Leningrad NPP reduces output – prolongs lifetime

Publish date: November 14, 2000

Written by: Thomas Nilsen

Leningrad nuclear power plant is reducing its output to the grid in protest to consumer debts.

The power plant is the main electricity provider in the St Petersburg region and their move is prompting grave warnings of blackouts as winter arrives in Northwest Russia. Interviewed by AP, Konstantin Ramburger, spokesman for the state-run Rosenergoatom, which operates Leningrad nuclear power plant, said the output from the three operating reactors would be reduced by 30 % this week. The fourth reactor is currently off-line, undergoing repairs. Some critics have been raised concerning the safety of the reactors. Environmentalists say the RBMK reactors are less stable when run at lower power.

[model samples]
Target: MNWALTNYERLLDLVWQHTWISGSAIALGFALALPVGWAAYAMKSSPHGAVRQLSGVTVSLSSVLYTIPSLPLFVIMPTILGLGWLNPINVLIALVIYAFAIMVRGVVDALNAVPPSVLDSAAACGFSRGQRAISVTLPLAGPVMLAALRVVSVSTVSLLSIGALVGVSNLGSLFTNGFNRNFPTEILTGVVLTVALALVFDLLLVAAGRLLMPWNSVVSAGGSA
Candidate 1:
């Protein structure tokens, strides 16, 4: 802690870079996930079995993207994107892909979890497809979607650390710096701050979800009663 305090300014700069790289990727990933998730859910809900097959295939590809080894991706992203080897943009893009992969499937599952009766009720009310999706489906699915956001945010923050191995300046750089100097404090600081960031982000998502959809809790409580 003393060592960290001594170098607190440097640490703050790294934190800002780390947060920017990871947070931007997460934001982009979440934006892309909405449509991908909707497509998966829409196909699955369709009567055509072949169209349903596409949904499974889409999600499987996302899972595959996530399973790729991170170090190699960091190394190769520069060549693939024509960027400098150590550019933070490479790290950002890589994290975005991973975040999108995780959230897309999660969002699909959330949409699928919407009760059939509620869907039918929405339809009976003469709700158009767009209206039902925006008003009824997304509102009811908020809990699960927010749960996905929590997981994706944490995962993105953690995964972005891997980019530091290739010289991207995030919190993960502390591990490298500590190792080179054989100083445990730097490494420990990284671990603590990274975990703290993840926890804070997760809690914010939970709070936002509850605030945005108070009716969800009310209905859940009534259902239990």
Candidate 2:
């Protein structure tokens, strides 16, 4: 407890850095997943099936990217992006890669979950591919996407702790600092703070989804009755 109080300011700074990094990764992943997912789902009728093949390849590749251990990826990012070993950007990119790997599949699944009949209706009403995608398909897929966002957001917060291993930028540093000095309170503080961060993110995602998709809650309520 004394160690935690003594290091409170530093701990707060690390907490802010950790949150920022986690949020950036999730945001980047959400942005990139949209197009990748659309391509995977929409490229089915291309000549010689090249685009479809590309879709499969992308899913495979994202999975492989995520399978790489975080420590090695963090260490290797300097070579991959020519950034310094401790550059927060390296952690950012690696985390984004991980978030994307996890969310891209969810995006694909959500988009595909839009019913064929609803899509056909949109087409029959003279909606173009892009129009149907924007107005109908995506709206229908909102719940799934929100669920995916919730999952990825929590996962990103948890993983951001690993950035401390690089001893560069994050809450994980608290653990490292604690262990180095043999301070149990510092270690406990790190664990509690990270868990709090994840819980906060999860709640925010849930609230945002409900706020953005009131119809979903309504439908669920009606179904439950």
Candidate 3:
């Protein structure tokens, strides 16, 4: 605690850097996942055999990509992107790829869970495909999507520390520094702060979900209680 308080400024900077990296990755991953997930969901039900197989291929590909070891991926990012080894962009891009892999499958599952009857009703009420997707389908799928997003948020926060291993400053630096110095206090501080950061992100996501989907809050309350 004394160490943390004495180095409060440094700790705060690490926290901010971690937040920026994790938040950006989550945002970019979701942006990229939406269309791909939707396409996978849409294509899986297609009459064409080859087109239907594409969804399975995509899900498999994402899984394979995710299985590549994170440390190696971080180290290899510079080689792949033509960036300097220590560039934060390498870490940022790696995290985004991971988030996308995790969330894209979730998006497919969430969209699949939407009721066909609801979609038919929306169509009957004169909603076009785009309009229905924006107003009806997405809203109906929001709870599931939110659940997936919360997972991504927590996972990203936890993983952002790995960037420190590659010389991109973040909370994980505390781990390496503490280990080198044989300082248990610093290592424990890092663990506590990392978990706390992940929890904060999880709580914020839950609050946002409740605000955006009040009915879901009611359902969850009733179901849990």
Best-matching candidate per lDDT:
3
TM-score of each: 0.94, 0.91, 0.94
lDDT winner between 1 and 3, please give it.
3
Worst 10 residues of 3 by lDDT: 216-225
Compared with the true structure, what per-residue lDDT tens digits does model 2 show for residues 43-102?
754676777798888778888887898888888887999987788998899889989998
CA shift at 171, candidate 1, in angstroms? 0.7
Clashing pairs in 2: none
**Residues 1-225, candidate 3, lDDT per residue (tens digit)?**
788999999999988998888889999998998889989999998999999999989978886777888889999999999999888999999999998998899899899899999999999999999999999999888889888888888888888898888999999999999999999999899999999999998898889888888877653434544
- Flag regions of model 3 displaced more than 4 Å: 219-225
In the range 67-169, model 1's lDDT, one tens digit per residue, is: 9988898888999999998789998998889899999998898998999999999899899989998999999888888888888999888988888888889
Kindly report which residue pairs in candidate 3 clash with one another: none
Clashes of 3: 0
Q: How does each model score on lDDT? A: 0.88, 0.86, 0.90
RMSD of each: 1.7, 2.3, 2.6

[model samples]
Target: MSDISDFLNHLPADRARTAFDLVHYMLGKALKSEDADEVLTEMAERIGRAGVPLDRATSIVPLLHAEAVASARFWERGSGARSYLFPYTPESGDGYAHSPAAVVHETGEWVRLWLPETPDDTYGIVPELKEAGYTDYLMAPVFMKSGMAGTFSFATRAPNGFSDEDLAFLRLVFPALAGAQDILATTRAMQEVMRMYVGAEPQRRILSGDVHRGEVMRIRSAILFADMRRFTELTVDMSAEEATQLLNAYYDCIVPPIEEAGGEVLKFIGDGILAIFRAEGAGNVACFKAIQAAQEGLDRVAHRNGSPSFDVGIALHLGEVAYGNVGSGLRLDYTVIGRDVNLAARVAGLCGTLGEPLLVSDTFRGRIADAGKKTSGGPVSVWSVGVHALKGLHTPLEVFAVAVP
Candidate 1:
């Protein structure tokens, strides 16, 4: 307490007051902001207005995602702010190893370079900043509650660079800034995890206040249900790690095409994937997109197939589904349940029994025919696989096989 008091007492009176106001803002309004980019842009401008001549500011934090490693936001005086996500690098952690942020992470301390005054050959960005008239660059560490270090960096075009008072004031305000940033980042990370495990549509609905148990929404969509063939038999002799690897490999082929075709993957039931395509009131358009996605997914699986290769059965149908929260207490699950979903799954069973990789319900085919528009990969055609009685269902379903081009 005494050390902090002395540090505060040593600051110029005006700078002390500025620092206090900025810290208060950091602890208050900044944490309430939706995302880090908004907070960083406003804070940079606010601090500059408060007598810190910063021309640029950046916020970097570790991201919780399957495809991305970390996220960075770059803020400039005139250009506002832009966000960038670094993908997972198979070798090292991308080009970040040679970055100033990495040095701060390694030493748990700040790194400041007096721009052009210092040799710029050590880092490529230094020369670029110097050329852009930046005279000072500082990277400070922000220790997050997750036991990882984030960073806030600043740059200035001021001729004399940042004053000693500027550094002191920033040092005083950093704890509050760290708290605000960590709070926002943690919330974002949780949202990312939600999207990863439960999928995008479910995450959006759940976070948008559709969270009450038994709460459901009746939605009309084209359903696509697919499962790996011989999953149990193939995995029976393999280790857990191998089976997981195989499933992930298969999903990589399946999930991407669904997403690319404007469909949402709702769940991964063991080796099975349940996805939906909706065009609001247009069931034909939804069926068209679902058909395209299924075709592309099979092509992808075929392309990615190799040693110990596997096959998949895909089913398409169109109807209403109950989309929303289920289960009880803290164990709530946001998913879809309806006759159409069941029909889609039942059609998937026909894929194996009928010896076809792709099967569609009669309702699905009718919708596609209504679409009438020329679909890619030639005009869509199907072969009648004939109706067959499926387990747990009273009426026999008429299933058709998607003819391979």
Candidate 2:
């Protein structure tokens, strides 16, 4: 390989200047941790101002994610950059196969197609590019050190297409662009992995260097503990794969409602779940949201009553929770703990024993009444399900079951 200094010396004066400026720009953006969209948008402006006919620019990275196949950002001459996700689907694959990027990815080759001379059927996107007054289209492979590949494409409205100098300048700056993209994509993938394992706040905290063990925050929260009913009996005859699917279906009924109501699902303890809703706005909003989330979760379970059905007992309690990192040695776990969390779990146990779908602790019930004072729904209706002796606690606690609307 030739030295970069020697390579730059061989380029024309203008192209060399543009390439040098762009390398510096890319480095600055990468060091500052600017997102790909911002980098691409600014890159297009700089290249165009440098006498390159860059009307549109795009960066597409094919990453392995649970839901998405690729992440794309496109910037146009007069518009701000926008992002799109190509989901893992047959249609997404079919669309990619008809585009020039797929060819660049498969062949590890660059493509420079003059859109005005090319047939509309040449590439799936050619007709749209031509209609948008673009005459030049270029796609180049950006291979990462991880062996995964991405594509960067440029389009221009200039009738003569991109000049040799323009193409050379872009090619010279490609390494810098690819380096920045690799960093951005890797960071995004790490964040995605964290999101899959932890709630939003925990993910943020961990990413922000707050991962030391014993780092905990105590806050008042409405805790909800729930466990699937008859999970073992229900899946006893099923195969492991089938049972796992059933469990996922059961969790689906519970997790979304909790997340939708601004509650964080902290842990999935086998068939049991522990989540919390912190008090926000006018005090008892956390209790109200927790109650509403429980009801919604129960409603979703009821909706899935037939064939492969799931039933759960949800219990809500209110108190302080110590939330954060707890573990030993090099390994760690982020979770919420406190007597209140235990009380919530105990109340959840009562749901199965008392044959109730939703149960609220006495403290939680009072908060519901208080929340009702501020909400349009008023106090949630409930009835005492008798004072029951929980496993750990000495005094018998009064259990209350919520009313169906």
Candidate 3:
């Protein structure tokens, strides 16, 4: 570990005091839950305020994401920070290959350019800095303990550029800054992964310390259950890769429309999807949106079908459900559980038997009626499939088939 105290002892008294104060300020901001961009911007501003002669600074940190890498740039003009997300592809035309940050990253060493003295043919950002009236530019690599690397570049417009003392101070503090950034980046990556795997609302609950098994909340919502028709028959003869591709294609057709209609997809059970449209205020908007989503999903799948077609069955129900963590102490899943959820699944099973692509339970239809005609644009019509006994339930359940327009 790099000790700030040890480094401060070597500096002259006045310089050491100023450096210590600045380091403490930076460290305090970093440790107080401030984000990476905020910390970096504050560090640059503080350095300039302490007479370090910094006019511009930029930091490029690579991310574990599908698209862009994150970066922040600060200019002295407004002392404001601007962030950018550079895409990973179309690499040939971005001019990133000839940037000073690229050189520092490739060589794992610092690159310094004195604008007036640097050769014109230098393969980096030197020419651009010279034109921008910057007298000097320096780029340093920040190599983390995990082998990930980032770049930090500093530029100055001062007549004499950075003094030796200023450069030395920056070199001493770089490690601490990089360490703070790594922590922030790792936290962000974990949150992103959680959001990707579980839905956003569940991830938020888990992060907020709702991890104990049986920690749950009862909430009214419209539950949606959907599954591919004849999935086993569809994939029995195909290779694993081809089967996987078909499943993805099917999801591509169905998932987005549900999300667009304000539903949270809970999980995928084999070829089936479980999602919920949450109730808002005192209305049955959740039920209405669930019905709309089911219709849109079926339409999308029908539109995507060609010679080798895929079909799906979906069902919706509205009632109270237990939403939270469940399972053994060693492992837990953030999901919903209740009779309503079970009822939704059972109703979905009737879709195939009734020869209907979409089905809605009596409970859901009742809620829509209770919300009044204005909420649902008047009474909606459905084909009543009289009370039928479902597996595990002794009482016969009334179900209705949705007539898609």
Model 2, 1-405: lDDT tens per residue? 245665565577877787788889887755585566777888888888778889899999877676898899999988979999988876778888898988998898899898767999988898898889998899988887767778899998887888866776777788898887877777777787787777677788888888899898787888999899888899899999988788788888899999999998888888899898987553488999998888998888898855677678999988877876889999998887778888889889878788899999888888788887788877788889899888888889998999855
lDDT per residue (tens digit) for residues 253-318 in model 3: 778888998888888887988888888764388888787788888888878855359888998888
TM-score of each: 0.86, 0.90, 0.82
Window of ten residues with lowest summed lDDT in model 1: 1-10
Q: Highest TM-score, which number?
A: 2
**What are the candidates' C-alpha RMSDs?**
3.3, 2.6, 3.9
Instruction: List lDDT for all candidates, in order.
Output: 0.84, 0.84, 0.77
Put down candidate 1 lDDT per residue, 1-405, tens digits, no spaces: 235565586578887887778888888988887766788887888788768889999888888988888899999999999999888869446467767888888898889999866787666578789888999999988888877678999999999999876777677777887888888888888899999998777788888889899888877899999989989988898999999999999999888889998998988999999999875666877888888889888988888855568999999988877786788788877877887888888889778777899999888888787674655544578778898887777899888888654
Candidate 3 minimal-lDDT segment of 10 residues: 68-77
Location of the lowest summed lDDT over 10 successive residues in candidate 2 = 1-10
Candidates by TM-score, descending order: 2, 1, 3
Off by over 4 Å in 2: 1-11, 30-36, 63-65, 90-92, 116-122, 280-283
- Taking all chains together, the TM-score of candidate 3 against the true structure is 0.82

Unified Energy Systems (UES) owe Leningrad nuclear power plant 2 billion rubles ($72 million). Rosenergoatom spokesman Ramburger says Leningrad NPP is just the first one to reduce its output in protests to the debts. Russia’s eight other nuclear power plants have not been paid for energy they generate as well, and they will also reduce output if UES does not pay soon, Ramburger said.

Simultaneously, Leningrad NPP officials stated at a St. Petersburg conference last week that the service life time of the first and second reactor can be extended for another decade on the average without any damage to the nuclear and radiation safety. Quoted by ITAR-TASS, general director of the plant, Mikhail Orlov said the safety of the reactors have been upgraded. More than $700 million will be invested in modernisation before 2005. Reactor units one and two are the oldest civilian RBMK reactors in the former Soviet Union, started up in 1973 and 1975.